Zimbabwe President ‘Confined to Home’ After Military Action

South Africa’s president says longtime Zimbabwean leader Robert Mugabe is “confined to his home” in what appears to be a military-backed effort to oust him after 37 years in power.

President Jacob Zuma, who chairs the Southern African Development Community (SADC), said in a statement he spoke early Wednesday to President Robert Mugabe “who indicated that he was confined to his home, but said that he was fine. South Africa is also in contact with the Zimbabwean Defense Force.”

The developments are a reaction to Mugabe’s unpopular moves earlier this month, in which he fired his deputy, Emmerson Mnangagwa, and indicated he was planning to replace the ousted vice president with the first lady.

Tanks rolled through the capital, Harare, on Tuesday, a day after the head of Zimbabwe’s armed forces, General Constantino Chiwenga, warned he would “step in” unless Mugabe stopped trying to purge the ruling ZANU-PF party of Mnangagwa supporters.

Dozens have been arrested since the vice president was fired on November 5. Zimbabwe’s ruling party accused Chiwenga of “treasonable conduct” after that statement.

Not a takeover, army claims

Soldiers took over state television early Wednesday.

“We wish to make this abundantly clear this is not a military takeover of government,” army spokesman Major General SB Moyo said.“What the Zimbabwe defense forces is doing is to pacify a degenerating political, social and economic situation in our country, which if not addressed may result in violent conflict.”

Zimbabwe’s ruling party said on social media that Mnangagwa will return. His whereabouts are currently unknown, though he is rumored to be in South Africa.

“Last night the first family was detained and are safe, both for the constitution and the sanity of the nation this was necessary,” said a tweet early Wednesday sent from the @zanu_pf handle, “Neither Zimbabwe nor ZANU are owned by Mugabe and his wife. Today begins a fresh new era and comrade Mnangagwa will help us achieve a better Zimbabwe.”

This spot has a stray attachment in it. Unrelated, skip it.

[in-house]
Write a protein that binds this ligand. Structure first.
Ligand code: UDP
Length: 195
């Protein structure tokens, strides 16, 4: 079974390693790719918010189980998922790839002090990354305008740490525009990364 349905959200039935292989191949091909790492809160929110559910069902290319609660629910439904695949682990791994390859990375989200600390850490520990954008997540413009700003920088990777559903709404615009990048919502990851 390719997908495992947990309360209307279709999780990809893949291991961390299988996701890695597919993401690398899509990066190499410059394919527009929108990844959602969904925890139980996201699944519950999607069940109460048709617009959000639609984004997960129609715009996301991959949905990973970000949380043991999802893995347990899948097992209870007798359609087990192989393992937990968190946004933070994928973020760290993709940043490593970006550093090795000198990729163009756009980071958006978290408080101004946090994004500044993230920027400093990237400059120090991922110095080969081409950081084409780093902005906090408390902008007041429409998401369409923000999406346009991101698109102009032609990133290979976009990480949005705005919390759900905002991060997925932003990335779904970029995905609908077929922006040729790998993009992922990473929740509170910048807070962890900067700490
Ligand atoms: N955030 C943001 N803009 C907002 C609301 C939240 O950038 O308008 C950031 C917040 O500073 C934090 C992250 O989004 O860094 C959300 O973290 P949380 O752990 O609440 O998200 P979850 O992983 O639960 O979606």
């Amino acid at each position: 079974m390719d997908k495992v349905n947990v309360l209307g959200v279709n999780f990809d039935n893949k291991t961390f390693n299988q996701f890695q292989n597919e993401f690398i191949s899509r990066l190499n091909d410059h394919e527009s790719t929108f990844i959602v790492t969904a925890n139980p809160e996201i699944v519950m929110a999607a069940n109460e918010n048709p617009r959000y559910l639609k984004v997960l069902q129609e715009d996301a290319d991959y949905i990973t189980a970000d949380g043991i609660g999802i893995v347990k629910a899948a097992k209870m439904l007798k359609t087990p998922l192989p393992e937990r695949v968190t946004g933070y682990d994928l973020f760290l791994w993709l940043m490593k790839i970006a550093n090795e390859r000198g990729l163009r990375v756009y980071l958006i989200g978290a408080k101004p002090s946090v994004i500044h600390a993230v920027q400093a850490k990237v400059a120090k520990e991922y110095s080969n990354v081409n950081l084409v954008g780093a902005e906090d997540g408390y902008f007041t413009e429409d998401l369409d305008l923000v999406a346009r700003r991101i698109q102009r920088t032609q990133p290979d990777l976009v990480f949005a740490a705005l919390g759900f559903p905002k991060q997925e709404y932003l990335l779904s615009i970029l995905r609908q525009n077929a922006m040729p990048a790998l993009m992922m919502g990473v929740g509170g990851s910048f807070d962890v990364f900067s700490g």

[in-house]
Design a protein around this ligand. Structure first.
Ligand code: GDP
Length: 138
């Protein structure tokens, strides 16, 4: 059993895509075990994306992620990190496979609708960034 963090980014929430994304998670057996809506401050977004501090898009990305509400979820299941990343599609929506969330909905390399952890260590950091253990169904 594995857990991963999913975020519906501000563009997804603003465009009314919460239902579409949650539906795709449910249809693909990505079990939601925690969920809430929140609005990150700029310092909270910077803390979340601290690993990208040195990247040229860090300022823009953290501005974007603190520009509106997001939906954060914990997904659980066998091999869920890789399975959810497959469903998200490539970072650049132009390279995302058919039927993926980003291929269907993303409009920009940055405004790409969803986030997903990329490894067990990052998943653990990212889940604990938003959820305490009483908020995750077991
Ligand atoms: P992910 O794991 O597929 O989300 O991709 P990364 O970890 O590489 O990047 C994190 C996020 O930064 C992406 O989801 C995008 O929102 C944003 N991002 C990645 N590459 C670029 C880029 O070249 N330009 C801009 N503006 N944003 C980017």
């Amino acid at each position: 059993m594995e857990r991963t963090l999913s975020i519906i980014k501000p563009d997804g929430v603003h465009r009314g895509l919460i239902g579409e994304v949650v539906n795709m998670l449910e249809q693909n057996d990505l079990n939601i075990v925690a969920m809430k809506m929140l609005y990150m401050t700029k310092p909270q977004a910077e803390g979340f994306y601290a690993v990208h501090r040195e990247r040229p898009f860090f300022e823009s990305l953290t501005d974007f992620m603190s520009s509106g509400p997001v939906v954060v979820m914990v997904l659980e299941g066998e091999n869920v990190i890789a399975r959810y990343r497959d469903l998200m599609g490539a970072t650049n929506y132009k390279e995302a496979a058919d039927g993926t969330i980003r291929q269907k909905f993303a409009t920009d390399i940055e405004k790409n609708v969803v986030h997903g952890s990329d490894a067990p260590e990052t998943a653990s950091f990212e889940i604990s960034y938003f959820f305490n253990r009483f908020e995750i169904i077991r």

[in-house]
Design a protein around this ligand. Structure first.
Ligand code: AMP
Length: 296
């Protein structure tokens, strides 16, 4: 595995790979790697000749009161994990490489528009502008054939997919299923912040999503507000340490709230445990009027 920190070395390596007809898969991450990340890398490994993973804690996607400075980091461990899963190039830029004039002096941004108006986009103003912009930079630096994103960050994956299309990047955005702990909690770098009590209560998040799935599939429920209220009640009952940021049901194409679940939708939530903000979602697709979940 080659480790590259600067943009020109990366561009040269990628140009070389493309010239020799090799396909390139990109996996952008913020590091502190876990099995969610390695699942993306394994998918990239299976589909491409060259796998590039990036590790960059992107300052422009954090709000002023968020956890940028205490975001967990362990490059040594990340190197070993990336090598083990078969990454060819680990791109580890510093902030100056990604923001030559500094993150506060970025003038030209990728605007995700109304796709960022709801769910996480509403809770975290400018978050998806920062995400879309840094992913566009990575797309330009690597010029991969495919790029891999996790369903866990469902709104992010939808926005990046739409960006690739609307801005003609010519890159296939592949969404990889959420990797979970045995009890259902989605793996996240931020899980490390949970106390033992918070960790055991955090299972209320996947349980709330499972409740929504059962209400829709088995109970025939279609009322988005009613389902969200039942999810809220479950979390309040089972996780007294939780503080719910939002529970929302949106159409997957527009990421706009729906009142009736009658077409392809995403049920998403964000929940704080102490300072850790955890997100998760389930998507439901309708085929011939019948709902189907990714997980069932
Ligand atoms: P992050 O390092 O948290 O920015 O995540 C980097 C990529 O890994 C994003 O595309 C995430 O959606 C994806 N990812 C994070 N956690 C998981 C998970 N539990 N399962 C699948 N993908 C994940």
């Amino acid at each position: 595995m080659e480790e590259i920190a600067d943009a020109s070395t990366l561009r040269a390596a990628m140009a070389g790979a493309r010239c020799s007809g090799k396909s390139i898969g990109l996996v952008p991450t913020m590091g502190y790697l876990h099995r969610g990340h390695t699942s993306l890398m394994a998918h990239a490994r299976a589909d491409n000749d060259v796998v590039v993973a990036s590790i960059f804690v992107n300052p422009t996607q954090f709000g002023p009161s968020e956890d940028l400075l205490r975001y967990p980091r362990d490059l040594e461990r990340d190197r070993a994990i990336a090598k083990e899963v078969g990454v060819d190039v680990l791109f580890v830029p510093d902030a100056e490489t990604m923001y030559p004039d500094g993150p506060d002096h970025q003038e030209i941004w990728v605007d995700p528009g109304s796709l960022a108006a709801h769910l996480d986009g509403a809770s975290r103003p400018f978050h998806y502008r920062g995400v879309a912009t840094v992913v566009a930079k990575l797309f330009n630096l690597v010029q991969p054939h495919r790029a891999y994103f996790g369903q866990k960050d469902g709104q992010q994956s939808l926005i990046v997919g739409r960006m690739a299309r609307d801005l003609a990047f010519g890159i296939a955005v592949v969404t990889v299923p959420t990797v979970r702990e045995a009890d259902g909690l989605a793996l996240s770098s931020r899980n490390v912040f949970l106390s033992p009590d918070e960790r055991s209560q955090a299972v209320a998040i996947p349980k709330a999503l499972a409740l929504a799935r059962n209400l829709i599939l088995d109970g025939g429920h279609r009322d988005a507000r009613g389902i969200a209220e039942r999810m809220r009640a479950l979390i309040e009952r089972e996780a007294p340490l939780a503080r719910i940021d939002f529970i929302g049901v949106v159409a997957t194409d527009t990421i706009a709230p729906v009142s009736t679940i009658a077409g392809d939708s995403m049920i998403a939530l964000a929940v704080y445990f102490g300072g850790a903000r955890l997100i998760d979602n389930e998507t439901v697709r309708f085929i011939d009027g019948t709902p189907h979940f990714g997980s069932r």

The Twitter account has previously been used to air the party’s beliefs, though it was not possible to independently verify the claims.

The U.S. and British embassies have advised their citizens in the capital to stay in their homes, and the British ambassador said on Twitter that soldiers remain deployed “at strategic locations around Harare.” Both embassies were closed to the public Wednesday.

Late Tuesday, a VOA reporter was physically assaulted by soldiers in the capital while attempting to cover events at the state broadcaster. Soldiers beat the reporter and a local-media colleague with batons, kicked them and took the reporter’s money, phone and press card.

Witnesses reported at least three explosions and heavy gunfire early Wednesday in the capital.

Calls for calm

A State Department official said the United States “encourages all Zimbabweans to approach disputes calmly and peacefully while following democratic, transparent, and constitutional processes for resolving differences.”

Zuma, in his statements, also “called for calm and restraint and has expressed hope that developments in Zimbabwe would not lead to unconstitutional changes of government.”

Many observers saw the move to fire Mnangagwa as a step toward the installation of Mugabe’s wife, Grace Mugabe, as vice president. That would put the first lady in position to become president when her 93-year-old husband retires or dies.

Mnangagwa, 75, was seen for years as a likely successor to the president, and maintains strong backing in the army. Grace Mugabe, 52, has support in the party’s youth wing and is believed to have engineered the firing of another vice president, Joice Mujuru, in 2014.


Sebastian Mhofu in Harare contributed to this report.

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